Published: 3 Nov 2016
The CFMEU Mining and Energy Division is calling on AGL to stop threatening Victoria’s power supply and immediately bargain in good faith to resolve the impasse in its Latrobe Valley dispute.
CFMEU M&E Victorian District Secretary, Geoff Dyke said that while the union has consistently sought to maintain jobs in Latrobe Valley, AGL’s approach has been to slash them, despite their underlying profit of $701 million, while domestic electricity bills are on the rise on the back of its consumers and workers.
“Since October 2015 AGL has refused to genuinely bargain with the CFMEU, ETU, ASU, PA and other bargaining representatives. AGL has not met with unions outside of the Fair Work Commission since February this year and is currently seeking to terminate the existing Enterprise Agreement,” said Mr Dyke.
“If the Commission grants AGL’s termination application workers would have their pay and lifetime superannuation savings cut by around 65 percent,, while at the same time AGL CEO, Andy Vesey reported a salary of almost $7 million last year.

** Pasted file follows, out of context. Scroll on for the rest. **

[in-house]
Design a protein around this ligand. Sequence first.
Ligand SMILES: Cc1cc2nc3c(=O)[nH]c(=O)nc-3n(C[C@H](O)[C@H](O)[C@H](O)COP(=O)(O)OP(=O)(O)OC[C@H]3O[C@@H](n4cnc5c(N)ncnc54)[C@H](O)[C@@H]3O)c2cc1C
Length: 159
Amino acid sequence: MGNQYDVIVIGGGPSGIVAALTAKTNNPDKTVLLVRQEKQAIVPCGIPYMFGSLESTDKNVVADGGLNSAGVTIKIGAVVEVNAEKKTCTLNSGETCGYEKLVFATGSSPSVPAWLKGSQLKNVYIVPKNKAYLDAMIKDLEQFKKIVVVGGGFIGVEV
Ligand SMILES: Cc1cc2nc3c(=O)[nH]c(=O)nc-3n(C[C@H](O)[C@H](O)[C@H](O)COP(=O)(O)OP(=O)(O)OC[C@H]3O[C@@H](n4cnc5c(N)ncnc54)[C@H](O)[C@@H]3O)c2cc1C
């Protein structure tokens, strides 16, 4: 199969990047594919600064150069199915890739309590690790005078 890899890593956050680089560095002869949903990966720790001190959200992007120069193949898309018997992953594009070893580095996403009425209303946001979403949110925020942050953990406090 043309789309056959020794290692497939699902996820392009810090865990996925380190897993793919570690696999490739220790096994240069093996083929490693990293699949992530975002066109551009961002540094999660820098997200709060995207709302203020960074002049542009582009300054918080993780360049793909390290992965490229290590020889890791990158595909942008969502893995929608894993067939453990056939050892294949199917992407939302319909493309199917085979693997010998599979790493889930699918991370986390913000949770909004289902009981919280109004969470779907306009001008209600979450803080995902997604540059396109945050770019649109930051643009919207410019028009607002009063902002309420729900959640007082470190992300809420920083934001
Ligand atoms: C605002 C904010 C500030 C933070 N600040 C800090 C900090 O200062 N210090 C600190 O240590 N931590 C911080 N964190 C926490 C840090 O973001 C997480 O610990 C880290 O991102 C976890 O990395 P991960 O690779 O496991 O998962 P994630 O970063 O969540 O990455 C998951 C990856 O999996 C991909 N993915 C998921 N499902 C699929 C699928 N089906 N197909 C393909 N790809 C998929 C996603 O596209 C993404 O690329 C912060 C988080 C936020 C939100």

“During the bargaining process, as recognised by the Commission, the CFMEU has already offered’30-40 major concessions’ to AGL to try to reach an agreement, but AGL refuses to negotiate, instead they want to cut jobs and major entitlements.
“To that end, the Commission has recognised the workers can take protected action after ruling “the CFMEU has been and is genuinely trying to reach agreement with AGL Loy Yang” and contrast to AGL’s contentions otherwise.”
“So far, AGL’s only advice is that they intend to ‘lock out the entire site’, even non-striking workers if industrial action takes place. This is clear evidence AGL has no interest in standing up for Victorians and their power supply.”
Some of AGL Loy Yang’s demands include:
“The earliest possible industrial action cannot and will not occur until 9 December, therefore we call on AGL to take this opportunity to bargain with workers in good faith. They owe it to the workers, they owe it to the Latrobe Valley community and they owe it to their consumers.
“The CFMEU gives Victorian’s an assurance that our actions will not threaten powers supplies and we challenge AGL to provide that same assurance,” said Mr Dyke.